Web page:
As we enter the holiday season, there’s no better time than now to discuss batteries and the dangers they can present to waste and recycling workers if disposed of improperly. Read on to find out what “The Battery Queen” has to say about battery disposal, and where we stand as an industry with facility fires.
October 2021 Fire Data
In October, we encountered 24 reported fire incidents at our waste and recycling facilities in the U.S. and Canada. Of these reported incidents, 13 occurred at waste, paper and plastic operations, eight occurred at scrap metal operations, two occurred at electronic recycling operations and one occurred at an organics facility. At Fire Rover’s 250-plus client operations, we responded to 71 fire incidents in October to go along with the 69 in September, 92 in August, 88 in July, 77 in June, 88 in May and 74 in April. This October was in line with historically reported waste and recycling facility fires in the U.S. and Canada.
I would typically say that the 24 publicly reported fires that I found using Google Alerts would be pretty accurate, but unfortunately, there was an outage to the system this month. I didn’t receive alerts for my keywords of “fire” plus “MRF,” “waste management,” “shredder” and “transfer station” from October 12 to October 18. This turned out to be a highly documented outage that occurred across the entire platform. However, I did try to supplement the incidents with direct searches, which is how I came up with the final number.
Even with the lower numbers in September and October, we are unfortunately still on pace for 2021 to be the worst year for publicly reported fire incidents since I began tracking these fires in 2016. I can assure you that I have my eye on this number and look forward to the end of the year where I consolidate the 2021 data and insight for the next “Waste & Recycling Facility Fires Annual Report.”
Educating the Public on the Hazards of Batteries
Over the years, I have developed a strong belief that our waste and recycling operators are falling victim to the public’s love of batteries. As I mentioned in several previous articles, I estimate that the cost of fires to the waste and recycling operators and to the fire professionals who are forced to fight these fires is more than US$1.2 billion annually. I arrived at this number by using Eunomia’s UK actuals as the basis of my assumption.
I believe there are three critical forces that go into ultimately solving our problem: 1) implementing technology, 2) following operational best practices and 3) educating the public about the dangers batteries can cause when improperly placed in our waste and recycling streams.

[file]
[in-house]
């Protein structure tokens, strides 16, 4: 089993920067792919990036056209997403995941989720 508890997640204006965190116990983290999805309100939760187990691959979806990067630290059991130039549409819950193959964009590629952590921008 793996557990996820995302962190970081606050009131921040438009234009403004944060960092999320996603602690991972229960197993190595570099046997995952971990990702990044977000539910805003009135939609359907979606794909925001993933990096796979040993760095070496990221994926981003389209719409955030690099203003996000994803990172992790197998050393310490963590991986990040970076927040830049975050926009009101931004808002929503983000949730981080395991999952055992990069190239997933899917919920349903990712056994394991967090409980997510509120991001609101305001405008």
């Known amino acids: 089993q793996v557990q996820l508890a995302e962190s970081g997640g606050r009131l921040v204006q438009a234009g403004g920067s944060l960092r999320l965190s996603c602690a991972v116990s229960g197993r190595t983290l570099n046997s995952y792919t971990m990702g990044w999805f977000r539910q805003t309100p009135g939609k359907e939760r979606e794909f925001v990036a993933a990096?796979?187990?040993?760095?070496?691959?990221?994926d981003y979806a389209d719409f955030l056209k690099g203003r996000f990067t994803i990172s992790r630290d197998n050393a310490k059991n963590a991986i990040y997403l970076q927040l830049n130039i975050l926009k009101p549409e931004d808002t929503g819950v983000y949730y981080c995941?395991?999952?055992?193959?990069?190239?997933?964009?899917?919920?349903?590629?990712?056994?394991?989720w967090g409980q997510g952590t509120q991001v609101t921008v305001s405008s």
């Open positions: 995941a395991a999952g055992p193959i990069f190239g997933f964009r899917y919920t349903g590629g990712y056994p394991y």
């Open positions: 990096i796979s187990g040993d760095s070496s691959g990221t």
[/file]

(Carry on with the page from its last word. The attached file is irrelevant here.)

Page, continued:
Earlier this month, I was on a panel with Courtney Scott, household hazardous waste (HHW) program manager for Zero Waste Sonoma, and I felt that her effort and insight would be a positive for those who read my articles. Throughout her career, Scott has been involved with several different environmental nonprofits and organizations including a stint at AmeriCorps. She has worked in HHW for 10 years, five of those years with the city of San Rafael, Calif., Fire Department managing the Marin County HHW facility and five years with Zero Waste Sonoma managing the Sonoma County HHW facility, e-waste programs and oil payment program.
Ryan Fogelman: Why is it so hard to collect batteries from consumers?
Courtney Scott: I am amazed every day by how prolific batteries are and how difficult it is for the community to collect and recycle them. Our HHW program is one of the most comprehensive programs in the country and yet it is still difficult for our residents to find convenient disposal options.
About 10 years ago, Zero Waste Sonoma worked with Call2Recycle and the California Product Stewardship Council (CPSC) to find retail locations willing to collect all batteries. They built up a good network of locations, but most of them have fallen off the list by now as retailers are burdened by the labor of sorting batteries and, most importantly, the cost of disposing of single-use batteries. In California, all batteries are considered HHW, but we only have extended producer responsibility (EPR) for rechargeable batteries.
Ryan Fogelman: Tell us about your HHW program?
Courtney Scott: Our HHW program includes a permanent facility in Petaluma, Calif., weekly HHW events at rotating locations across the county and a door-to-door pickup program. Zero Waste Sonoma spends at least $40,000 per year disposing of single-use batteries alone, and we also spend 60 to 80 hours per week sorting all batteries. It’s not an efficient use of our time, and we strongly believe that manufacturers of hazardous products should be responsible for their disposal/recycling and ultimately creating a closed loop system.